Why? - Ebora Megalithica

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We believe that this megalithic landscape is a major cultural
asset, significant not only for the populations that
still live here today but for all Humanity.

Its preservation, study and promotion are our eternal goals.

The city of Évora, classified as World Heritage by UNESCO in 1986, was founded by the Romans in the I century b.C. - the time of Emperor Augustus. This classic legacy is still present today, on a truly megalithic scale, for example in the so-called "Temple of Diana". However, if we wish to frame a moment in time in which this region’s culture and it’s stone monuments developed a unique scale and significance for all humanity, we must go further back in time, to middle of the VI millennium BC – the dawn of the Neolithic revolution in Western Europe.

Around 5.500 years BC the first European man-made monuments were erected here, by the very first generations of farmers and shepherds that, after abandoning a hunter gatherer way of life, settled and thrived around the region of Évora. The number, diversity and even the sheer size of the megalithic monuments in this region are unrivalled in the Iberian context and Évora is recognized today as one of the richest megalithic regions in all of Atlantic Europe. Right on the outskirts of Évora, and especially in the territory immediately to the West of the city, you can find the most diverse and monumental megalithic landscapes in the Iberian Peninsula. There are currently some three thousand identified archaeological sites in the municipality of Évora. Nearly a thousand of those sites are either megalithic monuments or the settlements of their Neolithic constructors.

This phenomenon can be explained, in part, by the geographical position of the region in the landscape of southern Portugal, specifically in the area bounded by the basins of the three major rivers of the region, the Tejo, Sado and Guadiana. The Évora group was thus founded at the junction of natural routes of communication (both by water and along ridges) that link the estuaries of these major rivers to the interior. These three estuaries were themselves the original habitats for most of the hunter-gatherer communities living in the Southwest of the Iberian Peninsula. It seems that groups of these hunter-gatherers migrated along the middle of the sixth millennium B.C. from the estuaries to the interior in search of new and uninhabited territory. Therefore the structural role, for primitive road networks, of waterlines and hills – the lines dividing the hydrographical basins – was certainly a determining factor in the exceptional nature of Évora’s megalithic heritage.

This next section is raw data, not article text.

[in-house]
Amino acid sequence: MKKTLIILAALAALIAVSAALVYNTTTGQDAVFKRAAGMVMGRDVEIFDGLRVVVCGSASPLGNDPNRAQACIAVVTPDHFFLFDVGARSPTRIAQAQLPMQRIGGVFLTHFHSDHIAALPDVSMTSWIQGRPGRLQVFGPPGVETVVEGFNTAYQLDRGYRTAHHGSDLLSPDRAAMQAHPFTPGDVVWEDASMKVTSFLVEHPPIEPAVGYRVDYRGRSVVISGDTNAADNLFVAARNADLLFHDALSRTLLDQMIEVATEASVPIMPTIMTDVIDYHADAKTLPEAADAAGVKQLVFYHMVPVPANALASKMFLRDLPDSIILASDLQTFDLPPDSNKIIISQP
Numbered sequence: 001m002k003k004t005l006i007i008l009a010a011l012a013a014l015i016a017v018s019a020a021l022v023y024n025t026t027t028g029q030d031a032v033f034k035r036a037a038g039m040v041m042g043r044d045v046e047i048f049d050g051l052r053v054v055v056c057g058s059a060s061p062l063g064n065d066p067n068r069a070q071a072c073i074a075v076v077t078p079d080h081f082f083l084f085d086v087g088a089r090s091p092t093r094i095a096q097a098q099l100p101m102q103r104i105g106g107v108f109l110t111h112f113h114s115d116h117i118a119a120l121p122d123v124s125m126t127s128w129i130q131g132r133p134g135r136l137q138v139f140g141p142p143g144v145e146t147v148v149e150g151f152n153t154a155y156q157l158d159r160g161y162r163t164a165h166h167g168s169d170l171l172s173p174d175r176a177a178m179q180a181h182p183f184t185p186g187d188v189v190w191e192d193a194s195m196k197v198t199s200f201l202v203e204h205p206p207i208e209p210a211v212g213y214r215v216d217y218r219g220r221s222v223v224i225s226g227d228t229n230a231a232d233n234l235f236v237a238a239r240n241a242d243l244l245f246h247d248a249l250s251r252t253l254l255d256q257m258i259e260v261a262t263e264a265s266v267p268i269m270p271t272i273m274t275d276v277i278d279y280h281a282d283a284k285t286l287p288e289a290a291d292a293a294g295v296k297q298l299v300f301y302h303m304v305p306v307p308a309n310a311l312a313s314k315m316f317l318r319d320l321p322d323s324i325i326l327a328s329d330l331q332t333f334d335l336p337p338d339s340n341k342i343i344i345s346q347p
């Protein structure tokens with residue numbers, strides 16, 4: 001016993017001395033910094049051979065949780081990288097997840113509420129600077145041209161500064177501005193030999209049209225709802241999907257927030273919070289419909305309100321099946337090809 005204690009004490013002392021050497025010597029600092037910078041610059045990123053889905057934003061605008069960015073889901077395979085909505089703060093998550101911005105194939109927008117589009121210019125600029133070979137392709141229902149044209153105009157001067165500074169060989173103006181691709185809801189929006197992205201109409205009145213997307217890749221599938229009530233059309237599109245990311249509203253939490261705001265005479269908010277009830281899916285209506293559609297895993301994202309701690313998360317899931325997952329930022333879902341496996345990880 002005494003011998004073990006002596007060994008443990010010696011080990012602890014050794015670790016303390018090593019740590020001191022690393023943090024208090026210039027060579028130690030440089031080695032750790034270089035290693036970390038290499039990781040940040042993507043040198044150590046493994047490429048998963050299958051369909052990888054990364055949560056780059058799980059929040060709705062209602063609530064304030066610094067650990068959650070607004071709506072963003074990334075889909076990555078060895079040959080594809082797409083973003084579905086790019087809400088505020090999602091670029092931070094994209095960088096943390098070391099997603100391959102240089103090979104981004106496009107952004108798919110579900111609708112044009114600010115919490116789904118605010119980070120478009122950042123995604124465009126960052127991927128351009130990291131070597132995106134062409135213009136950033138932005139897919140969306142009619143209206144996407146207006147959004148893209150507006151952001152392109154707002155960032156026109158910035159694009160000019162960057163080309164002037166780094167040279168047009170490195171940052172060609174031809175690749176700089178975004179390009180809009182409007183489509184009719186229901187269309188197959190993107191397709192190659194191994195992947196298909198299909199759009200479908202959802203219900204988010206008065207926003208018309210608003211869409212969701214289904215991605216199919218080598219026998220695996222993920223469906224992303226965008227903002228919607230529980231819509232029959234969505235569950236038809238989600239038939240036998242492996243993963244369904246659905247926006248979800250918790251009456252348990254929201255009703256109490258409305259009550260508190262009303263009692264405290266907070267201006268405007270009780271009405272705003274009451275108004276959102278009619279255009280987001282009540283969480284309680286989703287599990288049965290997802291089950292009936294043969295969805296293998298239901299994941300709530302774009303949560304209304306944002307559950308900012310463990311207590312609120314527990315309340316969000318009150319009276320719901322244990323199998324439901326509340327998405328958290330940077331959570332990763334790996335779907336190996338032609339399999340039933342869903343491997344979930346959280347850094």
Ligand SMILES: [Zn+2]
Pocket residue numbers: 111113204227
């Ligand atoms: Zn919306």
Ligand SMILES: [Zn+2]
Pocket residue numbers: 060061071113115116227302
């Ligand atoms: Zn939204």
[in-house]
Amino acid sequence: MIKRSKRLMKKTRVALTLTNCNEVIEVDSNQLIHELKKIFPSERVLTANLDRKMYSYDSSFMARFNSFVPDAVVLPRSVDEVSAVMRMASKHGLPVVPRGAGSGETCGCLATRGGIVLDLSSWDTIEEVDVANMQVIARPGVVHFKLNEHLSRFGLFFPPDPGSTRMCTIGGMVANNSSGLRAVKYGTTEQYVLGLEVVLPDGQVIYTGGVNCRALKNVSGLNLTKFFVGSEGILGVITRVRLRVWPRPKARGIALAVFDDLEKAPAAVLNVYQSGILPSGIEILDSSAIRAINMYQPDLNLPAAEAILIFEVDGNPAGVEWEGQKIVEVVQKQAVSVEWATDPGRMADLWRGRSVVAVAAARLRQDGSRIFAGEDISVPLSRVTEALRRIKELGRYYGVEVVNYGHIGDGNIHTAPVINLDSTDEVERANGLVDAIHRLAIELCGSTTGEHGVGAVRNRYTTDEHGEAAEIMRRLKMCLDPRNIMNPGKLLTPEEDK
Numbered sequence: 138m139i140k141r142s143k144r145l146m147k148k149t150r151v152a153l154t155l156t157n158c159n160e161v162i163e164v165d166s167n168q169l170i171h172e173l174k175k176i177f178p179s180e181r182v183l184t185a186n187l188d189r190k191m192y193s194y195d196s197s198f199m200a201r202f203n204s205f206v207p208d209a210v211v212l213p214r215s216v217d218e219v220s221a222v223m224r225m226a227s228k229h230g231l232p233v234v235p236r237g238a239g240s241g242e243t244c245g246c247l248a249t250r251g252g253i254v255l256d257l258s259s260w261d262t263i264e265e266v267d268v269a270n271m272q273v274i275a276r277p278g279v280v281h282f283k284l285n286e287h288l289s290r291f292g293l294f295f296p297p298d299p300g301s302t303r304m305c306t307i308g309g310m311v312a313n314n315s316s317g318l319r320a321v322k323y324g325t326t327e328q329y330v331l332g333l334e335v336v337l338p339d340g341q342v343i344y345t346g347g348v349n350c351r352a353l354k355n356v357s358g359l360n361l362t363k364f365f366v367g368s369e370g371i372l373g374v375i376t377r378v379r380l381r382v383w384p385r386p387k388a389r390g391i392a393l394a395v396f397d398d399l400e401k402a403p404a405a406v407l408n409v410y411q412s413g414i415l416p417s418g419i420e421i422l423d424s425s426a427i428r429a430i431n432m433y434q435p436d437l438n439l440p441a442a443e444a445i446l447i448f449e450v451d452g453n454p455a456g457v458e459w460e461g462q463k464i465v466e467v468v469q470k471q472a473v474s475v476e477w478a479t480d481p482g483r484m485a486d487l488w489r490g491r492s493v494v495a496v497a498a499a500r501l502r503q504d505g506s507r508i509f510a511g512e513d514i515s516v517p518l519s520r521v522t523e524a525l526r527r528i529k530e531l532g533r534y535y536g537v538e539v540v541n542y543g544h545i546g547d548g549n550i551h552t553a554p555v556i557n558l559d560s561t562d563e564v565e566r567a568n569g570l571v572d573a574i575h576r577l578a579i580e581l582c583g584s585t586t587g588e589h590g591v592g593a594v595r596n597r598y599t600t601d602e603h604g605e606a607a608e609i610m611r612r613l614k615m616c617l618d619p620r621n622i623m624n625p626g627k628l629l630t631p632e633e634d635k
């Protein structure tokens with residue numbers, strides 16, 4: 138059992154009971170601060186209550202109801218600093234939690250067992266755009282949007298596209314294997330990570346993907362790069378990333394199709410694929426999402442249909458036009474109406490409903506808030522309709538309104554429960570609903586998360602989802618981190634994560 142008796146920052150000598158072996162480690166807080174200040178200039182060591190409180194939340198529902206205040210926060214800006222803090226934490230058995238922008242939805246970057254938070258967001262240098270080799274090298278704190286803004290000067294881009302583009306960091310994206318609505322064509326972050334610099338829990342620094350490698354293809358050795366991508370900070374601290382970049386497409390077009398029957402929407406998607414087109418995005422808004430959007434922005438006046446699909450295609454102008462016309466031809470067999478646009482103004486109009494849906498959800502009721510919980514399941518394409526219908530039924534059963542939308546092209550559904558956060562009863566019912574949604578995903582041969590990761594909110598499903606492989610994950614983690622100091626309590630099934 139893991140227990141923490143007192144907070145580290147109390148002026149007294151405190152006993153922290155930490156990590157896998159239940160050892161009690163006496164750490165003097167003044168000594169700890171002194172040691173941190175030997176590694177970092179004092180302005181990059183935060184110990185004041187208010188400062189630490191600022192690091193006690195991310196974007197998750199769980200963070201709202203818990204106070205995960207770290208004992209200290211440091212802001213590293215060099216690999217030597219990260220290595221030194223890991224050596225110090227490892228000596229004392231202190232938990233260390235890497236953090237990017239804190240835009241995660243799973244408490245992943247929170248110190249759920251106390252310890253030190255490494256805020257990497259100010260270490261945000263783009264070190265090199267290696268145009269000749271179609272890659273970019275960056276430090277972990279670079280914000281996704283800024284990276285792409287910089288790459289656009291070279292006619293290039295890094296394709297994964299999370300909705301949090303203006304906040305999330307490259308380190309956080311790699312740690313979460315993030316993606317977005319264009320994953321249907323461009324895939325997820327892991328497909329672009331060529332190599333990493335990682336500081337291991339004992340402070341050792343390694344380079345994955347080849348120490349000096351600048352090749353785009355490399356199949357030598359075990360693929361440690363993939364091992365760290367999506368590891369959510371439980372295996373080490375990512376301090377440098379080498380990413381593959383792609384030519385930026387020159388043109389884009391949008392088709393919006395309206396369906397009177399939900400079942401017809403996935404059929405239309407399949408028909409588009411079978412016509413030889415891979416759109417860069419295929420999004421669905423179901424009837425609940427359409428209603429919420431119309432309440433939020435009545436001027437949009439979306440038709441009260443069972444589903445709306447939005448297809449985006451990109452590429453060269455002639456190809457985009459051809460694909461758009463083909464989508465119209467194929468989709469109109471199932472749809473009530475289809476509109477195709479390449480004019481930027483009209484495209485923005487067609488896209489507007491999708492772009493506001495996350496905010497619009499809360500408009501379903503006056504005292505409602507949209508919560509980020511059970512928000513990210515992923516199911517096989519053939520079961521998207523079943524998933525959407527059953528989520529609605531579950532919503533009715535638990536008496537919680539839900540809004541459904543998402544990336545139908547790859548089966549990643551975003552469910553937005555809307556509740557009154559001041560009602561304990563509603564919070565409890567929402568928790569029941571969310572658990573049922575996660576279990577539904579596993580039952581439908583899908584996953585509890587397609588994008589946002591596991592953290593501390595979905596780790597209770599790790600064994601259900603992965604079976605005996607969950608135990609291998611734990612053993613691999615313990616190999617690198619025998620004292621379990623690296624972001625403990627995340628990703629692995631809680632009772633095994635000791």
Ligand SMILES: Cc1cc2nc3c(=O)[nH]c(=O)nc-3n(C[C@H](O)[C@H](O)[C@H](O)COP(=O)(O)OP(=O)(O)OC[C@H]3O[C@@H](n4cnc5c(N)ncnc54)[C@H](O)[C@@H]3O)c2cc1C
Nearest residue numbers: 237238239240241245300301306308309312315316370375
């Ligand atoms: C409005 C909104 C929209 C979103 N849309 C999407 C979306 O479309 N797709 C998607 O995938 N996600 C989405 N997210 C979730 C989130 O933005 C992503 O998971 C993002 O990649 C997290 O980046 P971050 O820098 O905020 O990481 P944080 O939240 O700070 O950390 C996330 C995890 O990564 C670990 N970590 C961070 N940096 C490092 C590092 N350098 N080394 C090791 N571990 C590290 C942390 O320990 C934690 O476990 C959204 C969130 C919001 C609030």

Megalithism apparently emerged as a phenomenon rooted in the cultural practices of the last hunter-gatherer communities, reflecting profound ideological changes, originating in the eastern Mediterranean, along with a new agro-pastoral economy - the Neolithic revolution. In the fullness of time, this path led to their adoption and development of a Neolithic way of life - clearly distinguishable from that of their hunter-gatherer relatives, whom for the next generations to come would still choose to remain in the estuaries and maintain their traditional hunter-gatherer lifestyle. Here, has in so many other places across the world, the process of sedentarization of the first human communities and the domestication of plants and animals led very significant changes in the way in which our ancestors perceived and related with their world.

Knowledge was the tool from here on and it grew in an unseen scale – astronomy, mathematics, philosophy, organized religion and architecture – they were all born at this stage, alongside with many other innovations that we still consider as cornerstones of our way of life today. The role they now saw for them selves in this new order was no longer one of full subjugation to nature’s will but one domestication and transformation.

Today, these monuments profile themselves as distant messages, hidden in the fullness of time.

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